1 NOW [we come to] the sons of Reuben the firstborn of Israel. For [Reuben] was the eldest, but because he polluted his father's couch [with Bilhah his father's concubine] his birthright was given to the sons of Joseph [favorite] son of Israel; so the genealogy is not to be reckoned according to the birthright. [Gen. 35:22; 48:15-22; 49:3, 4.]
2 Judah prevailed above his brethren, and from him came the prince and leader [and eventually the Messiah]; yet the birthright was Joseph's. [Gen. 49:10; Mic. 5:2.]
3 The sons of Reuben the firstborn of Israel: Hanoch, Pallu, Hezron, and Carmi.
4 The sons of Joel: Shemaiah his son, Gog his son, Shimei his son,
5 Micah his son, Reaiah his son, Baal his son,
6 Beerah his son, whom Tilgath-pilneser king of Assyria carried away captive; he was a prince of the Reubenites.
7 And his brethren by their families, when the genealogy of their generations was reckoned: the chief Jeiel, and Zechariah,
8 Bela son of Azaz, the son of Shema, the son of Joel, who dwelt in Aroer as far as Nebo and Baal-meon.
9 Eastward [Bela] inhabited the land as far as the entrance into the desert this [west] side of the river Euphrates, because their cattle had multiplied in the land of Gilead.
10 In the days of [King] Saul they made war with the Hagrites or Ishmaelites, who fell by their hands; they dwelt in their tents in all the land east of Gilead.
11 The children of Gad who dwelt opposite them in the land of Bashan, as far as Salecah:
12 Joel the chief, Shapham the next, Janai, and Shaphat in Bashan.
13 Their kinsmen of the houses of their fathers: Michael, Meshullam, Sheba, Jorai, Jacan, Zia, and Eber–seven in all.
14 These were the sons of Abihail son of Huri, the son of Jaroah, the son of Gilead, the son of Michael, the son of Jeshishai, the son of Jahdo, the son of Buz.
15 Ahi son of Abdiel, the son of Guni, was chief in their fathers' houses.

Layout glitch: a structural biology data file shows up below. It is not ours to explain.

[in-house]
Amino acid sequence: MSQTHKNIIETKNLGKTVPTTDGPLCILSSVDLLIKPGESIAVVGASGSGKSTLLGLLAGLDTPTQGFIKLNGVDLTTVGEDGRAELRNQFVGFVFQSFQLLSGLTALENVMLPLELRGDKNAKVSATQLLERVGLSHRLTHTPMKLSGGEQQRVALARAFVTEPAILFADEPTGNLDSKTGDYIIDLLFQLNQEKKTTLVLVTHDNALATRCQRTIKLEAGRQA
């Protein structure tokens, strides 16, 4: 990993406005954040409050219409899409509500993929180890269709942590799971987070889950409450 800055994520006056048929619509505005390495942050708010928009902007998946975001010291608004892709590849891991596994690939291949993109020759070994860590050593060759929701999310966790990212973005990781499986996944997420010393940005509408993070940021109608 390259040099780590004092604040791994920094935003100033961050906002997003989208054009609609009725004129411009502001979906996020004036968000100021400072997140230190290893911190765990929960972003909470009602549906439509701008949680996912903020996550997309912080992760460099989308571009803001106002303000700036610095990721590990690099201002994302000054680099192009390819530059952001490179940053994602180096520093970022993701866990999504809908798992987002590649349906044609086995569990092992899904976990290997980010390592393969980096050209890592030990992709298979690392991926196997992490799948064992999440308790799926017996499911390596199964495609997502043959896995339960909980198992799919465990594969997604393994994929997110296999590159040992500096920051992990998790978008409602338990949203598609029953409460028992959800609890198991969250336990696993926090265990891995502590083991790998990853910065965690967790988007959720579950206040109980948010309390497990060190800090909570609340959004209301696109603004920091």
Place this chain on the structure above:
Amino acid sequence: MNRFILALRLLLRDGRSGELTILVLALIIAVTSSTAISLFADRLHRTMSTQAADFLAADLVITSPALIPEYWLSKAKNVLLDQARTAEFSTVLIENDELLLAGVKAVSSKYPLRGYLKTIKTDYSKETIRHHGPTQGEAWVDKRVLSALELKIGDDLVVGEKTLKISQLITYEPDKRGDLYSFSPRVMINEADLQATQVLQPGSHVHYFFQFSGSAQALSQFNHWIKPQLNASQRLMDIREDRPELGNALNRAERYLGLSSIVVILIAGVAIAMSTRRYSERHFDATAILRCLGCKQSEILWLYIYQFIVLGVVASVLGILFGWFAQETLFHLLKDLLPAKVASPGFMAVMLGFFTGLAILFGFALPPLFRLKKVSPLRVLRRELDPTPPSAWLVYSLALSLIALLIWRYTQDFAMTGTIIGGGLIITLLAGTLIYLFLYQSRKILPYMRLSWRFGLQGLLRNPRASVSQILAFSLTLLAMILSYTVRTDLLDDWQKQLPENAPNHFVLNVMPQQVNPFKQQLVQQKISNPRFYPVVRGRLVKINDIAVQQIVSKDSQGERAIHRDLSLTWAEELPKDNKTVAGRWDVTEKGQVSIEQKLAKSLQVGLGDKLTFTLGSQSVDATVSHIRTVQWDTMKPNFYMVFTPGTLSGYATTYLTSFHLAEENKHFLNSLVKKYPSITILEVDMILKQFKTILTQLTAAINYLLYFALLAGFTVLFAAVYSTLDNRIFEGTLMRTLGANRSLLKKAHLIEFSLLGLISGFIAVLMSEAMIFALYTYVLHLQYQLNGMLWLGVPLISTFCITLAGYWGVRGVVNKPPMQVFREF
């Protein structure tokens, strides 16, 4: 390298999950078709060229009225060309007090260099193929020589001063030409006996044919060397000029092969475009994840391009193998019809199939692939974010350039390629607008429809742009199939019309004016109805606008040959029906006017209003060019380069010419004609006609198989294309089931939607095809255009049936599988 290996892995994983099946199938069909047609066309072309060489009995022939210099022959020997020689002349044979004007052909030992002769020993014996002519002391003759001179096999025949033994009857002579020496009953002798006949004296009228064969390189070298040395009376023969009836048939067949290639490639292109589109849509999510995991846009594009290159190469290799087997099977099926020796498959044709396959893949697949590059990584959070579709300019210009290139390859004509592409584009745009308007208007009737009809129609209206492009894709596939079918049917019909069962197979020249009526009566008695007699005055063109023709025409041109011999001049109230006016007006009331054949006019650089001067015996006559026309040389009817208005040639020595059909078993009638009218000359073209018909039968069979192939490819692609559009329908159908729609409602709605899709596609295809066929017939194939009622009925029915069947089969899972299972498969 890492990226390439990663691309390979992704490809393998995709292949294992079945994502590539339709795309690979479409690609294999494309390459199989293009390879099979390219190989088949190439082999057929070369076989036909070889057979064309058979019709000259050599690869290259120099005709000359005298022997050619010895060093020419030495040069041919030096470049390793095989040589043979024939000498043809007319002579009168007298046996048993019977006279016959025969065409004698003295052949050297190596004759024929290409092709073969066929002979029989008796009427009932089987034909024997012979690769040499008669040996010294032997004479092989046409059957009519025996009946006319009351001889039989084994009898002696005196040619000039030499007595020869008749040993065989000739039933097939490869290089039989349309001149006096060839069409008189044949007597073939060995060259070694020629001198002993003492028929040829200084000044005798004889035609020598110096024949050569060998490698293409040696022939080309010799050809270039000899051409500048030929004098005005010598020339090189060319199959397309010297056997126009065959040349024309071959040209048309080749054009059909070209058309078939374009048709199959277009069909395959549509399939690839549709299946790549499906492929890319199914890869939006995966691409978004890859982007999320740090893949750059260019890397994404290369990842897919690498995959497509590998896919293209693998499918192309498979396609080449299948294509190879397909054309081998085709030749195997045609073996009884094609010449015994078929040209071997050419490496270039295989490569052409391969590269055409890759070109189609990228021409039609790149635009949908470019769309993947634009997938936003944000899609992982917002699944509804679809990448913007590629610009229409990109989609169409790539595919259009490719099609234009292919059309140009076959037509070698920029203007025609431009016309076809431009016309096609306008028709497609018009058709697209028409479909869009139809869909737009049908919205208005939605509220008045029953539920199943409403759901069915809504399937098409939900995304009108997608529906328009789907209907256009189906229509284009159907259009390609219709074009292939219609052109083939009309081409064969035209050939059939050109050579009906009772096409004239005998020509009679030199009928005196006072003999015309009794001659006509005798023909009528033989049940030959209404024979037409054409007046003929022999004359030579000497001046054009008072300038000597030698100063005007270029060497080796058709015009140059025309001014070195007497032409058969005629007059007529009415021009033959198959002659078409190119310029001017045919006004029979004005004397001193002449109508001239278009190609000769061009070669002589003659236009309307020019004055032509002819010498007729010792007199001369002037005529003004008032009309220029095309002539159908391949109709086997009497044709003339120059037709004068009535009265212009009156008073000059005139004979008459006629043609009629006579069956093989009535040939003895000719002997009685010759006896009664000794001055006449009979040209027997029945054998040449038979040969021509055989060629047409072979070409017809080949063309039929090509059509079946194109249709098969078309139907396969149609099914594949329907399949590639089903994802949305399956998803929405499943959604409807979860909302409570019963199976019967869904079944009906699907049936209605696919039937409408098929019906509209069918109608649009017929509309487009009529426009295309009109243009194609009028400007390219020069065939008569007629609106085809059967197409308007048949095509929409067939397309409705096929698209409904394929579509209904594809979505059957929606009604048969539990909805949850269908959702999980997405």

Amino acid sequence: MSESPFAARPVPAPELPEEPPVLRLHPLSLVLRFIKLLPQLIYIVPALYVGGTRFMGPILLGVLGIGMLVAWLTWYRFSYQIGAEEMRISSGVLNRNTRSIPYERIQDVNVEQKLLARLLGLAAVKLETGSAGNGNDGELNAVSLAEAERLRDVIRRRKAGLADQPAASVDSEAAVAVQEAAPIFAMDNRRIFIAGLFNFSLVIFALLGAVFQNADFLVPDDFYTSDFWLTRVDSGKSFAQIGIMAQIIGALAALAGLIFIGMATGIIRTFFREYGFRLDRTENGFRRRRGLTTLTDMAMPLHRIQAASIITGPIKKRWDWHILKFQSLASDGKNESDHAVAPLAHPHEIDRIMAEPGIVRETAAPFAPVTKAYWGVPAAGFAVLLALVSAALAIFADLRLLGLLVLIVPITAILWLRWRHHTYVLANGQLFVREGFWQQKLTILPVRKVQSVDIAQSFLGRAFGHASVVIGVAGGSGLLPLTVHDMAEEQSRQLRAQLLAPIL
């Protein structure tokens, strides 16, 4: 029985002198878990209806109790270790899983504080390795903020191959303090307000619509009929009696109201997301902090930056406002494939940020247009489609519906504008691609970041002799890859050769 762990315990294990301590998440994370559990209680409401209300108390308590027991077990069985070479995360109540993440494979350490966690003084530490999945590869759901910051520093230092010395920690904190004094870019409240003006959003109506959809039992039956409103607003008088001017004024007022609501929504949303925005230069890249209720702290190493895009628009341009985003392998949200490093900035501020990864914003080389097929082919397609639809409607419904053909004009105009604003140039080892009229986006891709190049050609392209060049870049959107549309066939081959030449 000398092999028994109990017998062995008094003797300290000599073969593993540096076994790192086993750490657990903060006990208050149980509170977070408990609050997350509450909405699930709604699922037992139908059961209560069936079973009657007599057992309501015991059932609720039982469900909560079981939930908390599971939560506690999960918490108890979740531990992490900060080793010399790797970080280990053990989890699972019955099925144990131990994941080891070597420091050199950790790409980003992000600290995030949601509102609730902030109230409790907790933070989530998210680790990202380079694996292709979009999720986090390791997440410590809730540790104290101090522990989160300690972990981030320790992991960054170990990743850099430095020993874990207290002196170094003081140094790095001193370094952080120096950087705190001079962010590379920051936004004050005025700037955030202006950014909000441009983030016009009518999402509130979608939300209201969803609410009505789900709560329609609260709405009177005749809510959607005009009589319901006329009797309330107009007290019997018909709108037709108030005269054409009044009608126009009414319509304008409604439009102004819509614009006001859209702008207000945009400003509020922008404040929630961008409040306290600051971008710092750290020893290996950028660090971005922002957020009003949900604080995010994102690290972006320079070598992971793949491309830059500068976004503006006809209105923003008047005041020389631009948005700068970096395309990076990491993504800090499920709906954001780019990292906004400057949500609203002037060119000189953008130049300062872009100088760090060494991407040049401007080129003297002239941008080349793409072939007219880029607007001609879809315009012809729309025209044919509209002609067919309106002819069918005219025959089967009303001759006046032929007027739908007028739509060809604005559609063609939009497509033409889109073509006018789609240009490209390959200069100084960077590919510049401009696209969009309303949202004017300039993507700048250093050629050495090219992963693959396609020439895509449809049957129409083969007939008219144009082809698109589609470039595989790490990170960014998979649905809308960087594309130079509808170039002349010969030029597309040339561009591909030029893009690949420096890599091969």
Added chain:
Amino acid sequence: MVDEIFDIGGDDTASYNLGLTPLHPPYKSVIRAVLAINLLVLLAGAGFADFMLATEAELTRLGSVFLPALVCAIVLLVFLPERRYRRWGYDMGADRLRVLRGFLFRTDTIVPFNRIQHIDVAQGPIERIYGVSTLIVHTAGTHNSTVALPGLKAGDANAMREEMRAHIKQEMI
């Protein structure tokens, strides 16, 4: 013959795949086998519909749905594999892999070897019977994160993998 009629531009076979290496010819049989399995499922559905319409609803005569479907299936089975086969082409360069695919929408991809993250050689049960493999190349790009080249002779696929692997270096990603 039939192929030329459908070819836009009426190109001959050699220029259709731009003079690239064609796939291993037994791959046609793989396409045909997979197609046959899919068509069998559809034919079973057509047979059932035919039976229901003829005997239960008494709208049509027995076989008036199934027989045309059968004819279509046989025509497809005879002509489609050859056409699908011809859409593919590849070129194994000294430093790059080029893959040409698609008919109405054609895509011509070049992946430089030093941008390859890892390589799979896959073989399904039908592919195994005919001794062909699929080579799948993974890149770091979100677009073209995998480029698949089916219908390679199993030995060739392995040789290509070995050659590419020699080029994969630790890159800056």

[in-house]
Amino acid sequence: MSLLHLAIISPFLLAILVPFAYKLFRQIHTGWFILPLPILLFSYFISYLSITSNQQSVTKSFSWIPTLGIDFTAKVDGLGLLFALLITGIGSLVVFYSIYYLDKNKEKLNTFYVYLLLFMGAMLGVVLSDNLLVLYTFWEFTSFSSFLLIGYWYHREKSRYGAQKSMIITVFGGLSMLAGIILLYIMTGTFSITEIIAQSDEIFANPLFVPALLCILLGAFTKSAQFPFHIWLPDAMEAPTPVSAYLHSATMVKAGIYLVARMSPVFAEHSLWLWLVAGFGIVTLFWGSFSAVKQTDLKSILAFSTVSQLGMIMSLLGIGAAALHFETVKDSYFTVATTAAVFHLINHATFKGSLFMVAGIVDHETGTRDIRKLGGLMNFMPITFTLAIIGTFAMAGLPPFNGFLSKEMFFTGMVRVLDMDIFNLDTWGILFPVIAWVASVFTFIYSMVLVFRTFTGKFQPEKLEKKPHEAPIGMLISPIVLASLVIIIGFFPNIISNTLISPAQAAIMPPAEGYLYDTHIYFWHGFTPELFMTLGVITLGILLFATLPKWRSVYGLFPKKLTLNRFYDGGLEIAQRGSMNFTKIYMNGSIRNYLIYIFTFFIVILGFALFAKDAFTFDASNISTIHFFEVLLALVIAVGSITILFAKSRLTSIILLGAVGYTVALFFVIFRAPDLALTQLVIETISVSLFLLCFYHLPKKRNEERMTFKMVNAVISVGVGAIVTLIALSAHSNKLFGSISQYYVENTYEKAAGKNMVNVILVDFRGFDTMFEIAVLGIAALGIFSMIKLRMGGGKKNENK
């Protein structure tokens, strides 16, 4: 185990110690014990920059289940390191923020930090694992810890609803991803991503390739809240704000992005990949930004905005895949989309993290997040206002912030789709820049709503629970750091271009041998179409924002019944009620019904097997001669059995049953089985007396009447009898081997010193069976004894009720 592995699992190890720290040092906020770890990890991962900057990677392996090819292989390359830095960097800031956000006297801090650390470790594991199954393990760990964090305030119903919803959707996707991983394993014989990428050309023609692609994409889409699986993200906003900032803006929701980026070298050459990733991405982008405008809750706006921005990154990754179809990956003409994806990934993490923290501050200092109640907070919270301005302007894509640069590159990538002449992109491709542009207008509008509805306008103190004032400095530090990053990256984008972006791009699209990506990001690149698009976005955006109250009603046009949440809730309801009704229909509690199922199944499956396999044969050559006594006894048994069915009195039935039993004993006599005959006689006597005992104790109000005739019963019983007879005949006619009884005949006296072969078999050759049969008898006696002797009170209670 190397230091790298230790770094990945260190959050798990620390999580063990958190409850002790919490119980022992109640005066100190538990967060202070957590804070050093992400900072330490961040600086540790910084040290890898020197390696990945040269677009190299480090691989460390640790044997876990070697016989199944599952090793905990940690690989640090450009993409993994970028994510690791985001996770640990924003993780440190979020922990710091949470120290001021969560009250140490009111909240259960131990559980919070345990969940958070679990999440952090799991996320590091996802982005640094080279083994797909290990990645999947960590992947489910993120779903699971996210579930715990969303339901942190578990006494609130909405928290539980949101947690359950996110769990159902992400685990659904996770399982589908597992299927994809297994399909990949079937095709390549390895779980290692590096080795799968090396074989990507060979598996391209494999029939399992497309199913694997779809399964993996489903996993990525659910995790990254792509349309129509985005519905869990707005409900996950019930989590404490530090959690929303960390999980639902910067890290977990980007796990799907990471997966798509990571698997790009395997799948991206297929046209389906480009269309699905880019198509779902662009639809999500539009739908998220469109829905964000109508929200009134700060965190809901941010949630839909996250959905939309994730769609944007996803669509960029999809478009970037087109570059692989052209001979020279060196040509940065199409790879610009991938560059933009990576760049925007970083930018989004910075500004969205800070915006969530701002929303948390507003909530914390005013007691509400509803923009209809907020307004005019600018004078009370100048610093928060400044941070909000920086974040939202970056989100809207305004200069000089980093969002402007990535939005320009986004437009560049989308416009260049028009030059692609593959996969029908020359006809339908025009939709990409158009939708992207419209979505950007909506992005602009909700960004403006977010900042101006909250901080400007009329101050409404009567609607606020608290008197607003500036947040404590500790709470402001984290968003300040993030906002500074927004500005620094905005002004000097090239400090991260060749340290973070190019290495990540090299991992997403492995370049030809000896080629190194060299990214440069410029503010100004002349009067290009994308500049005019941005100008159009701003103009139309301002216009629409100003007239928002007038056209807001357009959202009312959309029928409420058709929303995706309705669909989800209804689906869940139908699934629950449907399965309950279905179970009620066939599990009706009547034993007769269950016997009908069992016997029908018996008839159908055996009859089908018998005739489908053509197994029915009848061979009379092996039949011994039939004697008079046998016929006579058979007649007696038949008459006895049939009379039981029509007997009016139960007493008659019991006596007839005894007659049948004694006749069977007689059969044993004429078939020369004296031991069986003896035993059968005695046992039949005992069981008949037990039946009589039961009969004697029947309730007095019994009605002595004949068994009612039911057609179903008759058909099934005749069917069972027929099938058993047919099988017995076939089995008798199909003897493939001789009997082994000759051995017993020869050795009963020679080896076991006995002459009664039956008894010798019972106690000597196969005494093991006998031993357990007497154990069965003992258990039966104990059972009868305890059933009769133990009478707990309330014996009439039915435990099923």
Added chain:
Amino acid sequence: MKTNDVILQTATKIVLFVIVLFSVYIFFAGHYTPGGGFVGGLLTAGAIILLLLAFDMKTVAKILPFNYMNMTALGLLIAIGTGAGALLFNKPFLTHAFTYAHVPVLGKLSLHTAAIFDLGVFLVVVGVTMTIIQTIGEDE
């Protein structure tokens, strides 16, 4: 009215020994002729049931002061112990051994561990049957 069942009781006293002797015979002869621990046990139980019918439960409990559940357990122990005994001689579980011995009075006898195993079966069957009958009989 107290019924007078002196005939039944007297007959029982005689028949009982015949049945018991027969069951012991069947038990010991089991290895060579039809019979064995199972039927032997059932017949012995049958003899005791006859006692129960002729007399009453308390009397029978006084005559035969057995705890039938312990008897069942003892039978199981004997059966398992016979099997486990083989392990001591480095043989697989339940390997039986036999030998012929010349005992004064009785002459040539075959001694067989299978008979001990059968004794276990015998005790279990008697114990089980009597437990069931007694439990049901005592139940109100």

16 They dwelt in Gilead, in Bashan and in its towns, and in all the suburbs and pasturelands of Sharon to their limits.
17 All these were enrolled by genealogies in the days of Jotham king of Judah and in the days of Jeroboam [II] king of Israel.
18 The sons of Reuben, the Gadites, and the half-tribe of Manasseh–valiant men able to bear buckler and sword and to shoot with bow and skillful in war–were 44,760 able and ready to go forth to war.
19 And [these Israelites, on the east side of the Jordan River] made war with the Hagrites [a tribe of northern Arabia], Jetur, Naphish, and Nodab.
20 They were given help against them, and the Hagrites or Ishmaelites were delivered into their hands, and all who were allied with them, for they cried to God in the battle; and He granted their entreaty, because they relied on, clung to, and trusted in Him.
21 And [these Israelites] took away their adversaries' herds: of their camels 50,000, and of sheep 250,000, and of donkeys 2,000, and of the lives of men 100,000.
22 For a great number fell mortally wounded, because the battle was God's. And [these Israelites] dwelt in their territory until the captivity [by Assyria more than five centuries later]. [II Kings 15:29.]
23 And the people of the half-tribe of Manasseh dwelt in the land; their settlements spread from Bashan to Baal-hermon, Senir, and Mount Hermon.
24 And these were the heads of their fathers' houses: Epher, Ishi, Eliel, Azriel, Jeremiah, Hodaviah, and Jahdiel, mighty men of strength of mind and spirit [enabling them to encounter danger with firmness and personal bravery], famous men, and heads of the houses of their fathers.
25 They transgressed against the God of their fathers and played the harlot [by unfaithfulness to their own God and running] after the gods of the native peoples, whom God had destroyed before them.
26 So the God of Israel stirred up the spirit of Pul king of Assyria, [that is,] the spirit of Tilgath-pilneser king of Assyria, and he carried them away, the Reubenites, Gadites, and half-tribe of Manasseh and brought them to Halah, Habor, Hara, and the river Gozan, to this day.
Loading reference in secondary version...
1954, 1958, 1962, 1964, 1965, 1987 by The Lockman Foundation